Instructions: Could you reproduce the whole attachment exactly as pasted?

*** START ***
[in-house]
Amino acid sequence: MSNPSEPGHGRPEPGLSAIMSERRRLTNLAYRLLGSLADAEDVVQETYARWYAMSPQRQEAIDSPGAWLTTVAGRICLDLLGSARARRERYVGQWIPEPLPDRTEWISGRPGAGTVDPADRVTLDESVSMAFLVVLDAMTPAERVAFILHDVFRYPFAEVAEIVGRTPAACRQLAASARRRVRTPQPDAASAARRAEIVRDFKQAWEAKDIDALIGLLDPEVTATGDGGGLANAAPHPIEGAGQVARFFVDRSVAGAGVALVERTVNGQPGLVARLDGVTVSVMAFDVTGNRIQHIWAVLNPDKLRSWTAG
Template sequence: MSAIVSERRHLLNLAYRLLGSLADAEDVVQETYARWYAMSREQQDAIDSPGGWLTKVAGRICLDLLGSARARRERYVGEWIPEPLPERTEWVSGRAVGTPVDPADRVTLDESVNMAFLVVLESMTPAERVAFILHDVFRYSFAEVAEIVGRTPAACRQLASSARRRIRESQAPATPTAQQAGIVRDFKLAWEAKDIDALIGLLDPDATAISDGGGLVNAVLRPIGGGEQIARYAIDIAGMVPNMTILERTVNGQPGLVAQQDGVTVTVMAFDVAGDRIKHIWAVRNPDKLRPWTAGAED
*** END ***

[in-house]
Amino acid sequence: MSNPSEPGHGRPEPGLSAIMSERRRLTNLAYRLLGSLADAEDVVQETYARWYAMSPQRQEAIDSPGAWLTTVAGRICLDLLGSARARRERYVGQWIPEPLPDRTEWISGRPGAGTVDPADRVTLDESVSMAFLVVLDAMTPAERVAFILHDVFRYPFAEVAEIVGRTPAACRQLAASARRRVRTPQPDAASAARRAEIVRDFKQAWEAKDIDALIGLLDPEVTATGDGGGLANAAPHPIEGAGQVARFFVDRSVAGAGVALVERTVNGQPGLVARLDGVTVSVMAFDVTGNRIQHIWAVLNPDKLRSWTAG
Template sequence: MSAIVSERRHLLNLAYRLLGSLADAEDVVQETYARWYAMSREQQDAIDSPGGWLTKVAGRICLDLLGSARARRERYVGEWIPEPLPERTEWVSGRAVGTPVDPADRVTLDESVNMAFLVVLESMTPAERVAFILHDVFRYSFAEVAEIVGRTPAACRQLASSARRRIRESQAPATPTAQQAGIVRDFKLAWEAKDIDALIGLLDPDATAISDGGGLVNAVLRPIGGGEQIARYAIDIAGMVPNMTILERTVNGQPGLVAQQDGVTVTVMAFDVAGDRIKHIWAVRNPDKLRPWTAGAED